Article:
Saturday, December 18, 2010
North by Northanger
Less than a year into the marriage that made her mistress of one of England's finest houses, Elizabeth Darcy knew she still had much to learn about the place she now called home. Of one thing, however, she was certain. A ghost haunted Pemberley.
She was not a ghost in the traditional sense. She did not moan, or shriek, or rattle chains. She did cause rooms to grow cold, objects to fall, or fires to sputter. She did not manifest at midnight to pace on creaking floorboards, visiting in death the rooms she had occupied in life.
Yet the continued presence of Lady Anne Fitzwilliam Darcy was as real and pervasive as that of any spectre.
I definitely enjoyed Pride and Prescience, the first in Carrie Bebris' series of mysteries starring Elizabeth and Darcy. Sadly, my library does not have the second volume in this series, Suspense and Sensibility: Or, First Impressions Revisited, so I was unable to read it. (Though based on B&N's description, it unites characters from Sense & Sensibility with Pride and Prejudice. Specifically a Bennet sister with a Dashwood cousin.) But. I was delighted to pick the third one up!
Elizabeth is pregnant with their first child. And while she's not as nervous as her husband, she's not completely anxiety free. Distractions exist to keep her mind off of upcoming labor, however. She discovers a letter from Darcy's mother. It's addressed to her, to Mrs. Fitzwilliam Darcy. It was written the day of Lady Anne's death--the day Darcy's sister was born. She speaks of a charm, a statue, that she has hidden but could not find in her time of need. Something that she hoped would protect her and her unborn child. Elizabeth shares this with her husband, of course, and one mystery begins.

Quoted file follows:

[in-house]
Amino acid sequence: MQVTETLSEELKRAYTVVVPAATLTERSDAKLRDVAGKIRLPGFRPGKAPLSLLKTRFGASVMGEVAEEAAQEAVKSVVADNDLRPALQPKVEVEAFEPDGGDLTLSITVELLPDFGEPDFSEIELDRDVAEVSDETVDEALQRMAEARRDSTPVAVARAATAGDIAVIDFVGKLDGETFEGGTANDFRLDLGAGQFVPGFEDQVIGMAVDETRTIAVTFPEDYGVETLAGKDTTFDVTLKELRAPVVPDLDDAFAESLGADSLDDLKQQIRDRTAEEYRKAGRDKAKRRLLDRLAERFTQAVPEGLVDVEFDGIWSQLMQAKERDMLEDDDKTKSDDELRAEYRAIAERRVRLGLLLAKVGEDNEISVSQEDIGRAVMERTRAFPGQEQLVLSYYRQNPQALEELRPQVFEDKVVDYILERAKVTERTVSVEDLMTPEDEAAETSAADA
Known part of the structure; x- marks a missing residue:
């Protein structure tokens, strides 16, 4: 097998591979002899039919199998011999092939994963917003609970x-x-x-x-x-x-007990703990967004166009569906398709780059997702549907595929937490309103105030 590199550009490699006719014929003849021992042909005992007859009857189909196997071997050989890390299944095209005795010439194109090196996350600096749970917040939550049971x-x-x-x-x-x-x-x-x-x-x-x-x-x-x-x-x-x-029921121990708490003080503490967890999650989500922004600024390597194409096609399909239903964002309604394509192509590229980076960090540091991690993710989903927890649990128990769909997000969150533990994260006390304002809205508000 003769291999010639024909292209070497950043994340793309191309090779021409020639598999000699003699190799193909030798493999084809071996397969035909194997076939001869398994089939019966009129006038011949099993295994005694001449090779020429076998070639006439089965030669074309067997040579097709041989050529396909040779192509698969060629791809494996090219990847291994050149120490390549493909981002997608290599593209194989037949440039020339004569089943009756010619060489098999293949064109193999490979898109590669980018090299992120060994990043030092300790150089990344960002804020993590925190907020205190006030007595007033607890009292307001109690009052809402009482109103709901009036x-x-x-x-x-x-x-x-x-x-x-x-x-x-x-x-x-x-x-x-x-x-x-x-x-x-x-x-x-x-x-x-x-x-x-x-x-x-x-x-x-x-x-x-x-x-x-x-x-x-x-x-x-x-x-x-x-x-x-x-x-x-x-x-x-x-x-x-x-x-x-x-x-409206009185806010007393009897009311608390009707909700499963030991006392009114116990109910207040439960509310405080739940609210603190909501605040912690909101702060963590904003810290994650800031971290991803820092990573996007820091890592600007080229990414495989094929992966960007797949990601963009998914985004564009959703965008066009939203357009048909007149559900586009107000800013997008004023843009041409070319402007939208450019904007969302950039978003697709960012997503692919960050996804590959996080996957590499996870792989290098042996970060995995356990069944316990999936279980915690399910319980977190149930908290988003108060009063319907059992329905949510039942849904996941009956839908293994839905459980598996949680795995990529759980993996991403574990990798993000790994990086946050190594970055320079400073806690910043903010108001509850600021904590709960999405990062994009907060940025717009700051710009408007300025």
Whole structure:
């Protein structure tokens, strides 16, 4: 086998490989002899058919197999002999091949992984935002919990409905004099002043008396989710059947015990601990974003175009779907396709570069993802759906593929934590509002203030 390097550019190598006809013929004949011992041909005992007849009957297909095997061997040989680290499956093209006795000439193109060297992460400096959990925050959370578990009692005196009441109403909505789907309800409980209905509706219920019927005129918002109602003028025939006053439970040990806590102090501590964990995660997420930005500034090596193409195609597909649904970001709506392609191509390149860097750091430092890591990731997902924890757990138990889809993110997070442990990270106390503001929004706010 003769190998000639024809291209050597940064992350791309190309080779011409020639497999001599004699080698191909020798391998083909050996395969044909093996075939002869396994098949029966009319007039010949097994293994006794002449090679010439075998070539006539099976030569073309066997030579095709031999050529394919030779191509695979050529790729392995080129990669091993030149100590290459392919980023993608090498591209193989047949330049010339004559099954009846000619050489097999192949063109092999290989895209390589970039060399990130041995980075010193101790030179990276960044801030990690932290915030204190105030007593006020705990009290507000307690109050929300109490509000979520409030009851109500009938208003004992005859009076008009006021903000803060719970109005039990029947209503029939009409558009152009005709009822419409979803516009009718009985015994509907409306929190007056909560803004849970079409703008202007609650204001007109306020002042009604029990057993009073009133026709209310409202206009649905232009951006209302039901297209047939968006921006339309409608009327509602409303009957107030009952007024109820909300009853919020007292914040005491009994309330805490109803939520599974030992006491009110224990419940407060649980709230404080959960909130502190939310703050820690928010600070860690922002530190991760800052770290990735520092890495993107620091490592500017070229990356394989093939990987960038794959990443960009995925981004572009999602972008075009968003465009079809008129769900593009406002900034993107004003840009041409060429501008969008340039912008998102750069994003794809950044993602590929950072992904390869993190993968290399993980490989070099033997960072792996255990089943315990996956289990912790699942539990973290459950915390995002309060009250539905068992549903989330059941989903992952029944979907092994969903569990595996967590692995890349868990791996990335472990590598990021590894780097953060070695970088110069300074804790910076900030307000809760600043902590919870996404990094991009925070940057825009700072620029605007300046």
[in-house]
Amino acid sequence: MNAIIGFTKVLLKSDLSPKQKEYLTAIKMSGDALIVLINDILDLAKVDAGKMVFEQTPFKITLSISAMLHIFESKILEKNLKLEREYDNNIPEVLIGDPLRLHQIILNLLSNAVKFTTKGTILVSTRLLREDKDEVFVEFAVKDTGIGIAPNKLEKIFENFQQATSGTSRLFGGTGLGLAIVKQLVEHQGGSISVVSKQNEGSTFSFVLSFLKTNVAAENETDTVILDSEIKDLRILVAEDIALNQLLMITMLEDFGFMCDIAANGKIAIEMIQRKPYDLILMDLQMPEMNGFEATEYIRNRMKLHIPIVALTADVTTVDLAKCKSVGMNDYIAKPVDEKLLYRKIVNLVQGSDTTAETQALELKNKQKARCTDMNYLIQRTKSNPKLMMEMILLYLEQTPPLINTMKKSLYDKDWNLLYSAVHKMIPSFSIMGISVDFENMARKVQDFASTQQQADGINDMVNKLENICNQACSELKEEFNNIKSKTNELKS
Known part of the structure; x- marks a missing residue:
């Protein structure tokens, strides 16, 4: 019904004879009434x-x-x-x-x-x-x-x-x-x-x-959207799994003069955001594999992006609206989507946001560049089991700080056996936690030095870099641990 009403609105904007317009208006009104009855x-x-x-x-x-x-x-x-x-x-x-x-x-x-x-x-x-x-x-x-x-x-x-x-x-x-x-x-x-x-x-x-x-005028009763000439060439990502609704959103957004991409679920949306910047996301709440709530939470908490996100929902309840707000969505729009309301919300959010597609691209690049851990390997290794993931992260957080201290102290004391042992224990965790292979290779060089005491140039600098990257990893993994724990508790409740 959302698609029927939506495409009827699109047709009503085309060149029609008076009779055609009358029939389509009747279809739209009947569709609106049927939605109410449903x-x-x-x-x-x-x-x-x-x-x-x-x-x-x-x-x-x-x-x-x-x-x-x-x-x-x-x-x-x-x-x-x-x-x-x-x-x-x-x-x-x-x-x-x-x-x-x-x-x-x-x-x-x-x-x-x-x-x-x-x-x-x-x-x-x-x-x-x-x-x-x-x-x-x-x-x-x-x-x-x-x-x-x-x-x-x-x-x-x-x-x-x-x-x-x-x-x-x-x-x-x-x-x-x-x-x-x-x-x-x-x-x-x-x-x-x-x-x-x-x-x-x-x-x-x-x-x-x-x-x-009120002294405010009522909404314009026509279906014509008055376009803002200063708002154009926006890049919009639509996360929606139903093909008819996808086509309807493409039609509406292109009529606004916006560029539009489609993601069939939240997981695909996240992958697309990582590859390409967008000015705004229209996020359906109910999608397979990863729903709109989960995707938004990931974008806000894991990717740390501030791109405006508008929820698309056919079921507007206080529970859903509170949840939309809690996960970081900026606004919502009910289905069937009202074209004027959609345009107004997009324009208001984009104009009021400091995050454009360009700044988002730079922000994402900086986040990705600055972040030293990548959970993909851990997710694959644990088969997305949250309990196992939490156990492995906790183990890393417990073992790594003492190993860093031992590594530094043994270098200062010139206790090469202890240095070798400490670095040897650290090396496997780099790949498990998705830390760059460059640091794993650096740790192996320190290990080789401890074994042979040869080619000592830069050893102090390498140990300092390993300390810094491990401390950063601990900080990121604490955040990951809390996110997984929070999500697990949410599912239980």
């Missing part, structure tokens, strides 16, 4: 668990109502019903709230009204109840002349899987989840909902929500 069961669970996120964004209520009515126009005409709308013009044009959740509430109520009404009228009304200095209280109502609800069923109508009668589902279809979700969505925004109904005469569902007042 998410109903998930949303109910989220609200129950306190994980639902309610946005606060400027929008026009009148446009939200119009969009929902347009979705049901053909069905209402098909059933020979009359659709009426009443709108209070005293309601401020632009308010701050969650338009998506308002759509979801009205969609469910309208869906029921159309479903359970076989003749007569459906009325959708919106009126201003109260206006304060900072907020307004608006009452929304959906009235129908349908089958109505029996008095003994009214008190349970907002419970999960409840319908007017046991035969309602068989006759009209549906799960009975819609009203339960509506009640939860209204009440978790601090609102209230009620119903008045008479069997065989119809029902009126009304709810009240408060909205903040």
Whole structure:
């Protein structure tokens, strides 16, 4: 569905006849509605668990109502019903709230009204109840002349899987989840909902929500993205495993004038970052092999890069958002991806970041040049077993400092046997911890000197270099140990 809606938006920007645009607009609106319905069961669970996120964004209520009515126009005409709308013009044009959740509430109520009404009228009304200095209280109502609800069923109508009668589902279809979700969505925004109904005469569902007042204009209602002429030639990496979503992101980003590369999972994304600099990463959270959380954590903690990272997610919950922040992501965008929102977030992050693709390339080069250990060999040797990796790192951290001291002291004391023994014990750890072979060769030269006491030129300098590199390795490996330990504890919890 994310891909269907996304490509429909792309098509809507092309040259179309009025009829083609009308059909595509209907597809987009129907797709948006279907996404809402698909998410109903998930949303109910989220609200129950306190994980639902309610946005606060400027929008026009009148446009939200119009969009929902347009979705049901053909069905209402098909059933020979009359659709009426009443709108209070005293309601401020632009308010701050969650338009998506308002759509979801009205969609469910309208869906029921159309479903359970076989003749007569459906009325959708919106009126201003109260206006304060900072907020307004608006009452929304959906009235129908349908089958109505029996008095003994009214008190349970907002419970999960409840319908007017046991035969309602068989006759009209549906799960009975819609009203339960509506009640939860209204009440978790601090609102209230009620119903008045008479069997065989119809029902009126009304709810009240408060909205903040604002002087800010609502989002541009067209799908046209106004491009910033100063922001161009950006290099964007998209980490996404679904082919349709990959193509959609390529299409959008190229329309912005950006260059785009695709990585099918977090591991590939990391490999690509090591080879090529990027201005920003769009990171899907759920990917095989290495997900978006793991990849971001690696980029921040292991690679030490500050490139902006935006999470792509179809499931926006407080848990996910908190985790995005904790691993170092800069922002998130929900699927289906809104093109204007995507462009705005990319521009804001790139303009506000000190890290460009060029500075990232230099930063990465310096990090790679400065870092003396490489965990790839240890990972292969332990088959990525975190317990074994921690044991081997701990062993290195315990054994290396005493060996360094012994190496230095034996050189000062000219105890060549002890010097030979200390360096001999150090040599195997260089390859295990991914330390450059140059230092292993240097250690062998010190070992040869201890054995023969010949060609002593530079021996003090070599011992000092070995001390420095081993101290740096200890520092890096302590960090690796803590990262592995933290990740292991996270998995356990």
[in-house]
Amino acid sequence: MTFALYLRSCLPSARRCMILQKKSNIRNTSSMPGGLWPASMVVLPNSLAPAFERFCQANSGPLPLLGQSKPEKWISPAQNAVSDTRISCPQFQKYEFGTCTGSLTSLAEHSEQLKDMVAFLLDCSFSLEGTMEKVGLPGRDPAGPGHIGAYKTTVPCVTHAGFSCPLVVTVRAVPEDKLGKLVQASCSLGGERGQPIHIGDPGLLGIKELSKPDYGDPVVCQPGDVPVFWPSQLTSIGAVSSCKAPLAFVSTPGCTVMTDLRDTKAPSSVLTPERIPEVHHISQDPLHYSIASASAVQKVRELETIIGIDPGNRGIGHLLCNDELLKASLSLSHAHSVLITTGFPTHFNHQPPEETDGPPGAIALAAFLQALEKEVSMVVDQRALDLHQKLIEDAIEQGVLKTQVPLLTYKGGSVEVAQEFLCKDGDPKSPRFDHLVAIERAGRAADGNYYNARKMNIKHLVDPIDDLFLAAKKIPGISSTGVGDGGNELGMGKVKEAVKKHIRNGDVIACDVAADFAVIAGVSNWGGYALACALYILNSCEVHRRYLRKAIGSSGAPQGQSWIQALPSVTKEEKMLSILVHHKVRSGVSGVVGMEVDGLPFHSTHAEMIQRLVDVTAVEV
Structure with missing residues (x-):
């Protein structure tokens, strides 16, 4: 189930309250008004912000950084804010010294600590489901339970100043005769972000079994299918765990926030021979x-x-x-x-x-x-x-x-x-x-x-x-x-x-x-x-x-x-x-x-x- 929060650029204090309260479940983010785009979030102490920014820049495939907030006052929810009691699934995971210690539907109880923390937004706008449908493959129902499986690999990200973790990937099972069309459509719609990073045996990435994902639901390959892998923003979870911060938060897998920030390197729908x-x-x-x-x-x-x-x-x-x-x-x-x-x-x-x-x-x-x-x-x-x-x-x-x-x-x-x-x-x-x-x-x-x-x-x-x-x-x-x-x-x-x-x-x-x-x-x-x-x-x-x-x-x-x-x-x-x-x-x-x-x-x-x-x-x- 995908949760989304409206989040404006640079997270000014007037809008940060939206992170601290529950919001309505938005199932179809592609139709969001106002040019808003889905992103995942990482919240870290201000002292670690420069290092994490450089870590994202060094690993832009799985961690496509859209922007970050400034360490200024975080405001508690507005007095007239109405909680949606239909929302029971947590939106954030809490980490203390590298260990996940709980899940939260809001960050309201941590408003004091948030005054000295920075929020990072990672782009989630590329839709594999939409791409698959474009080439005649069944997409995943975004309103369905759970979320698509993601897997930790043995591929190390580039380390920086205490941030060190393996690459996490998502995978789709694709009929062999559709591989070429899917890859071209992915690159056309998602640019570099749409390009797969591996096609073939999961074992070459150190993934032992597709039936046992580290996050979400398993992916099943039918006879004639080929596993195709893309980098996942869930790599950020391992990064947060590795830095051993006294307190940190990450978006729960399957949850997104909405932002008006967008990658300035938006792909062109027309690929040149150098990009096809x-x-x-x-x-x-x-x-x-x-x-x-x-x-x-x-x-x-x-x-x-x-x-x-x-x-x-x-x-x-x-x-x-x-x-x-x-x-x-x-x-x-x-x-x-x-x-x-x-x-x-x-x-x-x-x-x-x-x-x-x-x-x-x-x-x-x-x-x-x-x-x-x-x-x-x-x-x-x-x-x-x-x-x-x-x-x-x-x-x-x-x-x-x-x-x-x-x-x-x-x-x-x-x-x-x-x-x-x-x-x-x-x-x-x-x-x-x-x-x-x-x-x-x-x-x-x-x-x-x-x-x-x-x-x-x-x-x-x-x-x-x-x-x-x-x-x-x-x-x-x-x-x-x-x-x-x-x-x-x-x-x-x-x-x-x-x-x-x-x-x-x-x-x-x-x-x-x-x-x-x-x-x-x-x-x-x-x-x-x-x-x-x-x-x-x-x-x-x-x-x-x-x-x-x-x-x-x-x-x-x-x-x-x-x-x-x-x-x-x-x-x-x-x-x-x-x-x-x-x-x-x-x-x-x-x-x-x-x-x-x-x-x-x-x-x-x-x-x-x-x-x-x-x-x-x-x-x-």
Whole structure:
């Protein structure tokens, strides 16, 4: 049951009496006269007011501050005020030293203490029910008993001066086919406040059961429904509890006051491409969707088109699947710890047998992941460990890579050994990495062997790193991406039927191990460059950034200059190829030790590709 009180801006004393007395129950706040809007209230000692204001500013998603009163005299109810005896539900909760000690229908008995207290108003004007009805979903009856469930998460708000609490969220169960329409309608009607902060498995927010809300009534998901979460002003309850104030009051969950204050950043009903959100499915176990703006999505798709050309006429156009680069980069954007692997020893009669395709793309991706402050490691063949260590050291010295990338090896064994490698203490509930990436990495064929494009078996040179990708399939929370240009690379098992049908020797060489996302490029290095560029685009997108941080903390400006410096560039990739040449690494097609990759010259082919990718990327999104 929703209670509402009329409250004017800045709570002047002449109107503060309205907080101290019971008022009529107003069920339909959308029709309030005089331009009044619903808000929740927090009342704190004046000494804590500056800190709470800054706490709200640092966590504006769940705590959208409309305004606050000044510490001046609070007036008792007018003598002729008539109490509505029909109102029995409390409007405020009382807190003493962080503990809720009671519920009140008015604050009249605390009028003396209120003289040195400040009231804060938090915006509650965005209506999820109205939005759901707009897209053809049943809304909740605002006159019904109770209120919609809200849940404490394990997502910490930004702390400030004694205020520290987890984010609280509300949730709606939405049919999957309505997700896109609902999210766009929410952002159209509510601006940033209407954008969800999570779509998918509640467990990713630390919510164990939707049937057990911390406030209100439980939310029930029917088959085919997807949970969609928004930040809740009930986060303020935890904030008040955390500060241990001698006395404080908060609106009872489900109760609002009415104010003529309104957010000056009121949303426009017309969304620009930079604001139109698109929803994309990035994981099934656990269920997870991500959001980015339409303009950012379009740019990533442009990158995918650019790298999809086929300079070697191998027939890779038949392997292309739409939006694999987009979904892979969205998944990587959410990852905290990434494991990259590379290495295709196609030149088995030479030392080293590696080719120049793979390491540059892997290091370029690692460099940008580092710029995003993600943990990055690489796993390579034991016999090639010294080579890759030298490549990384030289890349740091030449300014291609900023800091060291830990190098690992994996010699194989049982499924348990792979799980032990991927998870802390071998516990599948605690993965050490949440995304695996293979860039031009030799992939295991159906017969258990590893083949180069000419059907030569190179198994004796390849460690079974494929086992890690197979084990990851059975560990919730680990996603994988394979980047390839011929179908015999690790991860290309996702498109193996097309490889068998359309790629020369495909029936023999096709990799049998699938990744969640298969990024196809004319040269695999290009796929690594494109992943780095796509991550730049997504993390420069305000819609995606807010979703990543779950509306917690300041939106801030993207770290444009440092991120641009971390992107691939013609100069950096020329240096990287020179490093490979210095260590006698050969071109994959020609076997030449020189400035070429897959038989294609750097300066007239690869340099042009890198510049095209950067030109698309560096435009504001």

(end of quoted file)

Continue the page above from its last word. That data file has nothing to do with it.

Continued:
It is a mystery that will--for better or worse--lead them to Northanger Abbey and the questionable Tilney family.
This one is a mystery. It is intense in places--as Darcy is charged with a crime he did not commit. But it is also a charming read with plenty of wit and humor. In part, because Lady Catherine is (by necessity) on an extended visit to Pemberley (until Darcy's trial can be held). Can Elizabeth tolerate Lady Catherine during these difficult months? Can she tolerate her "advice"? Can she work with her husband to prove his innocence?
I enjoyed spending time with these characters. I'm still loving Bebris' interpretation of Darcy and Elizabeth. Still finding her characters, and her stories satisfying.
© Becky Laney of Becky's Book Reviews